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Friday, Jan. 06, 2006
There’s not a lot happening here in the bleak of mid-winter, traditionally the slow time of year for us carpenter schmoes. You can only spend so much time sharpening chisels, reordering the back of the truck, cleaning the garage. Then before you know it you’re spending a lot of quality time surfing the internet and cramming snack foods into your maw.

Most of my surfin‘ online research has been focused on real estate. We’ve got a years lease on this rental house, the year started at the end of May. I’m amazed that we’re already working’ on our 7th month here.

Ally and I kidnapped Middlest Daughter Maggie last week and made another trip to the west. It’s literally due west from Swampland (which would make it Central Virginia for those of you playing at home), out in the lake country known for rolling hills and big freshwater and large fish who want to come home with me.

Other than being in her first trimester of pregnancy and making me stop for food every hour, Maggie was pretty quiet about the trip. She wants to move somewhere, have the adventure, but she’s in that young and aggressive mode. Wants to make money! Have kids! Live in exciting times! Whereas Ally and I want to go out to the woods and hide. Listen to crickets. Fish from a boat in quiet coves.

I dunno, maybe we can find a common ground for both. Still looking.

Yesterday being the day before trash day, I was looking out the window, first thing in the morning, at the 3 million leaves still laying on the front lawn and mocking me. The final offering from the big oak tree.

I know it’s a rental house but I can’t stand to see leaves laying there and rotting the grass, such as it is, that makes the yard look nice come spring and summer. I’d like to think if I was the owner, and somebody was renting from me, that they’d be classy enough to take care of my shit at least as well as I would. It’s old fashioned, I know. Little bit of the old Boy Scout thing, the “Leave it better than you found it” thing.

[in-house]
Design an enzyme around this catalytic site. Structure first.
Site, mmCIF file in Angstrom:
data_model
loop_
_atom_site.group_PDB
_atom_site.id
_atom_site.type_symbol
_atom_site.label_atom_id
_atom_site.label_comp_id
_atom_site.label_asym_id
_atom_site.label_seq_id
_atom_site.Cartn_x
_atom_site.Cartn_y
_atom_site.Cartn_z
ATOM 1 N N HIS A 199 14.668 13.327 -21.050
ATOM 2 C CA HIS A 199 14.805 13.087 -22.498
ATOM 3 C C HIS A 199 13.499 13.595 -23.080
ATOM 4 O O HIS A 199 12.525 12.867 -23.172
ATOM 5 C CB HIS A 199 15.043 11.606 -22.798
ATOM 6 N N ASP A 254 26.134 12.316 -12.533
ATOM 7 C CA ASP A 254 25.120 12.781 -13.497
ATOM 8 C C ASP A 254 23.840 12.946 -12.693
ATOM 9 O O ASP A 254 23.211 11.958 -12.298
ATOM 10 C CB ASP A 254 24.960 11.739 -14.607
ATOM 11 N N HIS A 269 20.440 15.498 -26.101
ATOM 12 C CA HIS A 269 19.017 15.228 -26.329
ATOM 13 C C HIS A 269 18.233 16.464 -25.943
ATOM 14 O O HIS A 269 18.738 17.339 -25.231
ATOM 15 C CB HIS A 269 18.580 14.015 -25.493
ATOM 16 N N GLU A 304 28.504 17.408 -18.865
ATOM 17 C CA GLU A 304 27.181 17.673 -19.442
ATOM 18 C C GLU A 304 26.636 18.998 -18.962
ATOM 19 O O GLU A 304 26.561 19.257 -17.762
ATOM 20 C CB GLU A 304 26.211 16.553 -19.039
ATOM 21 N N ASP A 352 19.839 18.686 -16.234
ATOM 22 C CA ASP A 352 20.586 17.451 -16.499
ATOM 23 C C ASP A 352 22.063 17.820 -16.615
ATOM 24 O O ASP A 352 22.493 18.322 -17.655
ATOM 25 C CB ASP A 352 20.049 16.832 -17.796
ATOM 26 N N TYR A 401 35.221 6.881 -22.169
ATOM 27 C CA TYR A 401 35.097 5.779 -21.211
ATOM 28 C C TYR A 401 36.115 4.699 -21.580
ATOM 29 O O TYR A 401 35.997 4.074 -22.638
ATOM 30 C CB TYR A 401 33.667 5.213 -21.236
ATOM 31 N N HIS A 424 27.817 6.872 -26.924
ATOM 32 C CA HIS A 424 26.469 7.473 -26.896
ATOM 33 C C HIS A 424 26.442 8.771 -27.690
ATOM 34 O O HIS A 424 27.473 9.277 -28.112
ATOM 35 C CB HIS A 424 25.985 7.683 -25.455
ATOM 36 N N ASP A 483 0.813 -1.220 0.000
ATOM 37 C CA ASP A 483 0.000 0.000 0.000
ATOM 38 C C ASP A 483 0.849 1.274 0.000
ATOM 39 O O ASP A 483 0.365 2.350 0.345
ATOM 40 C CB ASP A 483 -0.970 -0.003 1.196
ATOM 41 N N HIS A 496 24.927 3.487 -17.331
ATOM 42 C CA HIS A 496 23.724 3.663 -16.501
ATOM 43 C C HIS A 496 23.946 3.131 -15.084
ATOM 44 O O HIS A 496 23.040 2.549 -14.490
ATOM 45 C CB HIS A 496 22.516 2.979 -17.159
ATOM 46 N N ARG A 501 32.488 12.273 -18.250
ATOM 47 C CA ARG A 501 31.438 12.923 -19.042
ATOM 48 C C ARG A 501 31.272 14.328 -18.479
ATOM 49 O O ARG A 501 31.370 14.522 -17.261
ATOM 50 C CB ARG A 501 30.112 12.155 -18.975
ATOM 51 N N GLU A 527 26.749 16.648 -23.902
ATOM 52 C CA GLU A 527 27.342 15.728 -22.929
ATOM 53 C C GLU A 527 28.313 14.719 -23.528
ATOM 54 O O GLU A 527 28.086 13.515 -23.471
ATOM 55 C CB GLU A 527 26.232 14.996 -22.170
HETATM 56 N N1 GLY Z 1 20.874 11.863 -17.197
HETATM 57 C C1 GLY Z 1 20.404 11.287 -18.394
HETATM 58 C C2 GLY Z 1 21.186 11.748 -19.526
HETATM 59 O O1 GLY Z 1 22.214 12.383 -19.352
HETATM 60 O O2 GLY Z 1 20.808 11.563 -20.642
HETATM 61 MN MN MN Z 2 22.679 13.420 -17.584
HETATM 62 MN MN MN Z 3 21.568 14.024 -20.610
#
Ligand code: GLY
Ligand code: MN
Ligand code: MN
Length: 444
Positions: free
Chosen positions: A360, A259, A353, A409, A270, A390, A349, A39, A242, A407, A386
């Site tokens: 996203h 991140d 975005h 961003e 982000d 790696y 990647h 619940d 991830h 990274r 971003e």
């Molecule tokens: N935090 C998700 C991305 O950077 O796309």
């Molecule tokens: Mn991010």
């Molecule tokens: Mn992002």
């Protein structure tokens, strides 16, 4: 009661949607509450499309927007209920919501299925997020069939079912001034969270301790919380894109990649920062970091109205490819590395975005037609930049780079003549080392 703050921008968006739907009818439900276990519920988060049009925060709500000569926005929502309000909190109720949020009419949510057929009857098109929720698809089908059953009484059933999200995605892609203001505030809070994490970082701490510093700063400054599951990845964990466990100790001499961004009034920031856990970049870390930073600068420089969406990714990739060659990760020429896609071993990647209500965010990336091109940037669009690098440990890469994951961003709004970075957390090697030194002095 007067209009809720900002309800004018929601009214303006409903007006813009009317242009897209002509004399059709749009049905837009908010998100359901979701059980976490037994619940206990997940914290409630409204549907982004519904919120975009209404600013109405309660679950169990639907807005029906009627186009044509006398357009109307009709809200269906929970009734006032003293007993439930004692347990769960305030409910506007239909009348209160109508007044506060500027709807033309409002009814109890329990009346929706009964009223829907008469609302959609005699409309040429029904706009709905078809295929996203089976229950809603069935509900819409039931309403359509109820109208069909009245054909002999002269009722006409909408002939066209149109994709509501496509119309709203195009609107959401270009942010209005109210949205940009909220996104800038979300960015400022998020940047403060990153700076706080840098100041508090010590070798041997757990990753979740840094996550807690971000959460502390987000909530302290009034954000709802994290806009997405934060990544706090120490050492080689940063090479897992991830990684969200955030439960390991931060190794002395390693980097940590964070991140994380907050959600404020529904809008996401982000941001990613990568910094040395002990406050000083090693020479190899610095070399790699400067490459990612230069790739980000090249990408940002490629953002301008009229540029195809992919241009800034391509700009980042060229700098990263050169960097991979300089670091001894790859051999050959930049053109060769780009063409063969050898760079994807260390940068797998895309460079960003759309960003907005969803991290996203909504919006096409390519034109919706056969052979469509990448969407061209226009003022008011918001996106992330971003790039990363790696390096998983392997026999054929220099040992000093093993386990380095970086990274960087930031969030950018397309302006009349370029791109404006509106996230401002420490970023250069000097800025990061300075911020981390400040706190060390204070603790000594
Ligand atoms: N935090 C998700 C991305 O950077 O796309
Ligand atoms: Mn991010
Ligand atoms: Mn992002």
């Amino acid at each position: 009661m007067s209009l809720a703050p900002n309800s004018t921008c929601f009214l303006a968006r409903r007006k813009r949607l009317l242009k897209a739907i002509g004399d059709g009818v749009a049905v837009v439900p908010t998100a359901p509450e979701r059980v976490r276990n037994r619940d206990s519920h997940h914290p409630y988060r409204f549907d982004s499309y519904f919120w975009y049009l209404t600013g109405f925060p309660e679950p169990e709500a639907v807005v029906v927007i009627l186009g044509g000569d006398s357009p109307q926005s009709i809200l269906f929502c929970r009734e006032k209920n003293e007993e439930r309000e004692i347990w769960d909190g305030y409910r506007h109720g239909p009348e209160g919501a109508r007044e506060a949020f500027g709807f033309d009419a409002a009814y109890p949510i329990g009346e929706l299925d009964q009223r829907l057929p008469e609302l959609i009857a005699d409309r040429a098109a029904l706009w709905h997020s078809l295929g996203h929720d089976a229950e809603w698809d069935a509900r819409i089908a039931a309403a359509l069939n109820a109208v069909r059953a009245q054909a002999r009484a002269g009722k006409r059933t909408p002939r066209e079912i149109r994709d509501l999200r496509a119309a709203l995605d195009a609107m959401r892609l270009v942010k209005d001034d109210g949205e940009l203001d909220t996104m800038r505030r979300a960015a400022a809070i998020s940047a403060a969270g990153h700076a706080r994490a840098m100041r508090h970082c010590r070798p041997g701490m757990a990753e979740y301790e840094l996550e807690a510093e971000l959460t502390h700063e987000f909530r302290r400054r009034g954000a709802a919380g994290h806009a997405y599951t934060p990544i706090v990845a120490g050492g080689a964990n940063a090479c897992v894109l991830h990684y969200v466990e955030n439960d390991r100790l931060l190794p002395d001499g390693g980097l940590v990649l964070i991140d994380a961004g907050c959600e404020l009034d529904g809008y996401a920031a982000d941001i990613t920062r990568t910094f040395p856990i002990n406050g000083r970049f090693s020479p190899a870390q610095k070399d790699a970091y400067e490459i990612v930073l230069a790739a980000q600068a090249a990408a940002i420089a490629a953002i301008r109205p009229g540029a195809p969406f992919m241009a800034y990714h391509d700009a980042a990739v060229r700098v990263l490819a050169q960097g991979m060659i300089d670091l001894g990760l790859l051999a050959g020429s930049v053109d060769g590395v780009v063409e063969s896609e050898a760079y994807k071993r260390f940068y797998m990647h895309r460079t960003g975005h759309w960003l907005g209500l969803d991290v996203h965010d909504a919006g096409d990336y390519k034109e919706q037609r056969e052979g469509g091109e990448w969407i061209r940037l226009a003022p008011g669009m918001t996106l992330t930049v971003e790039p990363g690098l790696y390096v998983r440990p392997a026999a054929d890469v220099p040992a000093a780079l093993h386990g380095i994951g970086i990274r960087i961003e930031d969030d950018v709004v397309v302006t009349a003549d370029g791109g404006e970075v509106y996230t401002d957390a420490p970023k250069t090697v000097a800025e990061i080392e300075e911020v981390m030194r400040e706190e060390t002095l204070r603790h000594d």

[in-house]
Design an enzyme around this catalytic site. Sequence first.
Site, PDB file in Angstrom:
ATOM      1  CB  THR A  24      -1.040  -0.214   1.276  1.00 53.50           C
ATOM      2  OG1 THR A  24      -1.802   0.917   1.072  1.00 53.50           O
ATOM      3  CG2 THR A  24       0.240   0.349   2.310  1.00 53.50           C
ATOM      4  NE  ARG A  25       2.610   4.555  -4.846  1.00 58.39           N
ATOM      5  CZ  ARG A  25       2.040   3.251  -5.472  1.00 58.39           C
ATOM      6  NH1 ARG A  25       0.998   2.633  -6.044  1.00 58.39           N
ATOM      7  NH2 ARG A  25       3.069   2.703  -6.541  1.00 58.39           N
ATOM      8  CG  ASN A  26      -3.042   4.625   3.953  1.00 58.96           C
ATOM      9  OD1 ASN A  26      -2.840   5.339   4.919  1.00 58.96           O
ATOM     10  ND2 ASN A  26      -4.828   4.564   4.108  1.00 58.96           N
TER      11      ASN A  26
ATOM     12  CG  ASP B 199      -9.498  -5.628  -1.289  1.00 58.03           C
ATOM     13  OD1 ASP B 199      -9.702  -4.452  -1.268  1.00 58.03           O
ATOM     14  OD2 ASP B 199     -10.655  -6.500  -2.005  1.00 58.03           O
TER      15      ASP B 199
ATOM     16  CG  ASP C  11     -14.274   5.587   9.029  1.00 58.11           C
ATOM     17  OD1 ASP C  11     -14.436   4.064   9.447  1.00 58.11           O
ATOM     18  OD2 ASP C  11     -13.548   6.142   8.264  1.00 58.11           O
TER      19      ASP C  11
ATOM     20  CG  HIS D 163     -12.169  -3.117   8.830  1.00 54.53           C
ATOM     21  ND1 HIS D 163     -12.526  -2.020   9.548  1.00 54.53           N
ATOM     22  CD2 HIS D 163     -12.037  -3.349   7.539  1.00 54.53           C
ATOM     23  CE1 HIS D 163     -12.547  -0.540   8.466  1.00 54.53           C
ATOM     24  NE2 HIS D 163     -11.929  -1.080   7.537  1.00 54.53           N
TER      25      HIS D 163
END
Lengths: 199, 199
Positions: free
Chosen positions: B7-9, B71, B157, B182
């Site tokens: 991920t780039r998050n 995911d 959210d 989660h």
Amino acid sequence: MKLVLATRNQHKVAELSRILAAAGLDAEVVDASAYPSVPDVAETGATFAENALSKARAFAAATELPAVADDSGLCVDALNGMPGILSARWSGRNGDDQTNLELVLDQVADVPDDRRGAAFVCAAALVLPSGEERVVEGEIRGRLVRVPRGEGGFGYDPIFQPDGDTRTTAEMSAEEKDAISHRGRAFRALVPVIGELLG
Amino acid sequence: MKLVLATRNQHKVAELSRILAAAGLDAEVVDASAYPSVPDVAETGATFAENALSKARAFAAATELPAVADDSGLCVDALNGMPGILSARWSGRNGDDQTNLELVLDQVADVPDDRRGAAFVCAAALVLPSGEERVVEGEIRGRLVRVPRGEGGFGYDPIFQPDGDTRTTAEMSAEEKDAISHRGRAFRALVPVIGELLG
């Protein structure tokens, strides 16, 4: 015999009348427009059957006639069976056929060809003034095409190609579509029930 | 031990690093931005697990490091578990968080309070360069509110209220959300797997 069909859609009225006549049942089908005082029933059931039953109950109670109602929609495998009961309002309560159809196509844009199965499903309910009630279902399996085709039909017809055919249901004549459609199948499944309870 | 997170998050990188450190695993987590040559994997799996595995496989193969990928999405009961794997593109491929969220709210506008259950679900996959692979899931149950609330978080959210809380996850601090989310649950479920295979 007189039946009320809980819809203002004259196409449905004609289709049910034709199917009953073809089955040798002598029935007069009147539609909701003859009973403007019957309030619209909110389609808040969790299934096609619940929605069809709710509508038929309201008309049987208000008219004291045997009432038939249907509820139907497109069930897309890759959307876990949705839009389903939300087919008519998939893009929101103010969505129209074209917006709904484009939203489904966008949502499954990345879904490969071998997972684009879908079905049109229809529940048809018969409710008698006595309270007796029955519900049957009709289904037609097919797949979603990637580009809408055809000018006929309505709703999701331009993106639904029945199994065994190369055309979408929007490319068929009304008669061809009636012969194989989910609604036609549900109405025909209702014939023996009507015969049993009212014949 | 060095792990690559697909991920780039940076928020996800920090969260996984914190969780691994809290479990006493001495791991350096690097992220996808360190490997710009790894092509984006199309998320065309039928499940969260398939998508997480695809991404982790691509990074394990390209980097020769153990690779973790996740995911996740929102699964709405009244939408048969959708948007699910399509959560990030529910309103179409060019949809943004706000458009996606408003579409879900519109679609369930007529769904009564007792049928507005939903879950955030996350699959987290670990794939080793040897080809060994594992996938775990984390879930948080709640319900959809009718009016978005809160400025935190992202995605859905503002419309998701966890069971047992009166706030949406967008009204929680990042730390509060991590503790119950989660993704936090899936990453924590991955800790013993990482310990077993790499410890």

So I groaned and moaned and got out the big rake and the bags and spent all morning on the lawn. Periodically I’d roam into the garage to observe the level of the beer in the refrigerator out there, crank up the kerosene heater to take the chill off my bones and listen to a little music on the boom box. Rake for twenty, rest for ten. Takes a while but who am I trying to impress?

Around these parts they won’t let you burn your leaves or yard debris. Only way to get rid of ‘em is to put them in bags and set ‘em out by the curb. Oh, and they must be clear bags, so the city workers can spot and set aside bags of leaves and grass and sticks, grind them up into mulch and sell it by the cubic yard. Enterprising bastards that they are. I piled up twenty bags by noon.

Noon was my signal to hoof my way to the Watering Hole so I could complain to my fellow man about leaves and cold weather and slow work habits in January. There being not a few construction types up there in the same fix I’m in guaranteed a common ground and a slow perusal of the news on TV along with my sammich and pickle.

And I came home and it wasn’t ten minutes before some ancient reprobate drove by in a pickup and hollered, “Hey! Can I have your leaves for my garden?”

It was the most exciting thing to happen all day, I tell ye. Bleak, bleak the mid-winter in Swampland.

I came home form the Hole the other afternoon (gee, there’s way too much Hole and beer going on around here when work is slow) and noted that Ally’s car was already there, a little early for her. Now that’s all well and good, but I try my best to beat her home on days like these. To wash dishes and maybe start dinner and otherwise prove my worth in the absence of anything constructive to do. It’s an unspoken agreement we have. Ever since that time she said, “Damn, guess you got all the time in the world to hang around the Hole in the afternoon but no time at all to vacuum up this sty.” Yeah, it’s been unspoken since then.